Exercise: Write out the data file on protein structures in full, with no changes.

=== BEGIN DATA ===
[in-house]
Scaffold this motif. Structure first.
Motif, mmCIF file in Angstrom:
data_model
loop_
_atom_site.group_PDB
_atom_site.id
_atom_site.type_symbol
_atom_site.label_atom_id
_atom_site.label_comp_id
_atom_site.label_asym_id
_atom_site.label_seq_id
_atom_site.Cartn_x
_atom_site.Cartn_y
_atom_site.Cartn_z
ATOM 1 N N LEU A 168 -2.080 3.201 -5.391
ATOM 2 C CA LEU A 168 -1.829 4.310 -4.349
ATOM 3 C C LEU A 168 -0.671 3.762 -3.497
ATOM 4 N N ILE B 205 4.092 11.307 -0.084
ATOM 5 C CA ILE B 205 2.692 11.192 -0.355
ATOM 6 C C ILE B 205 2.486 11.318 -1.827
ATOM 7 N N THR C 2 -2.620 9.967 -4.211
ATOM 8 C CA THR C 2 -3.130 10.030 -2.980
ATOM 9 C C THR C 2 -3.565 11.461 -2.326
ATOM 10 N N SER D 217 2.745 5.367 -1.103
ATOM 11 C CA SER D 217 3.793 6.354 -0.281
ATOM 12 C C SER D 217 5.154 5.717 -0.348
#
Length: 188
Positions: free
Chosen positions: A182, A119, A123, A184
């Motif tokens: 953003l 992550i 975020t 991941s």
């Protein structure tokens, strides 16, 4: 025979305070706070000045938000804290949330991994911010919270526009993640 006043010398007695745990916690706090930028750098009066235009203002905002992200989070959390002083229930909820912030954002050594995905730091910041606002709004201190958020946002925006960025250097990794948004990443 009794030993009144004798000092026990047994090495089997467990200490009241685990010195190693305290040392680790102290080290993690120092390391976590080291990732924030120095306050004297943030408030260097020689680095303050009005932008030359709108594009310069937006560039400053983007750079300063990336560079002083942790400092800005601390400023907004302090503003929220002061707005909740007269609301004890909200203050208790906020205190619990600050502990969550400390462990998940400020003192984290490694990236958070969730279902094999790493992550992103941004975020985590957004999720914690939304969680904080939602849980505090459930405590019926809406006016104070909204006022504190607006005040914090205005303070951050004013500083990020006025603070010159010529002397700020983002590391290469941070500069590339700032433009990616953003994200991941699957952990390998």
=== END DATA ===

[in-house]
Scaffold this motif. Structure first.
Motif, mmCIF file in Angstrom:
data_model
loop_
_atom_site.group_PDB
_atom_site.id
_atom_site.type_symbol
_atom_site.label_atom_id
_atom_site.label_comp_id
_atom_site.label_asym_id
_atom_site.label_seq_id
_atom_site.Cartn_x
_atom_site.Cartn_y
_atom_site.Cartn_z
ATOM 1 N N LEU A 168 -2.080 3.201 -5.391
ATOM 2 C CA LEU A 168 -1.829 4.310 -4.349
ATOM 3 C C LEU A 168 -0.671 3.762 -3.497
ATOM 4 N N ILE B 205 4.092 11.307 -0.084
ATOM 5 C CA ILE B 205 2.692 11.192 -0.355
ATOM 6 C C ILE B 205 2.486 11.318 -1.827
ATOM 7 N N THR C 2 -2.620 9.967 -4.211
ATOM 8 C CA THR C 2 -3.130 10.030 -2.980
ATOM 9 C C THR C 2 -3.565 11.461 -2.326
ATOM 10 N N SER D 217 2.745 5.367 -1.103
ATOM 11 C CA SER D 217 3.793 6.354 -0.281
ATOM 12 C C SER D 217 5.154 5.717 -0.348
#
Length: 188
Positions: free
Chosen positions: A182, A119, A123, A184
């Motif tokens: 953003l 992550i 975020t 991941s």
């Protein structure tokens, strides 16, 4: 025979305070706070000045938000804290949330991994911010919270526009993640 006043010398007695745990916690706090930028750098009066235009203002905002992200989070959390002083229930909820912030954002050594995905730091910041606002709004201190958020946002925006960025250097990794948004990443 009794030993009144004798000092026990047994090495089997467990200490009241685990010195190693305290040392680790102290080290993690120092390391976590080291990732924030120095306050004297943030408030260097020689680095303050009005932008030359709108594009310069937006560039400053983007750079300063990336560079002083942790400092800005601390400023907004302090503003929220002061707005909740007269609301004890909200203050208790906020205190619990600050502990969550400390462990998940400020003192984290490694990236958070969730279902094999790493992550992103941004975020985590957004999720914690939304969680904080939602849980505090459930405590019926809406006016104070909204006022504190607006005040914090205005303070951050004013500083990020006025603070010159010529002397700020983002590391290469941070500069590339700032433009990616953003994200991941699957952990390998």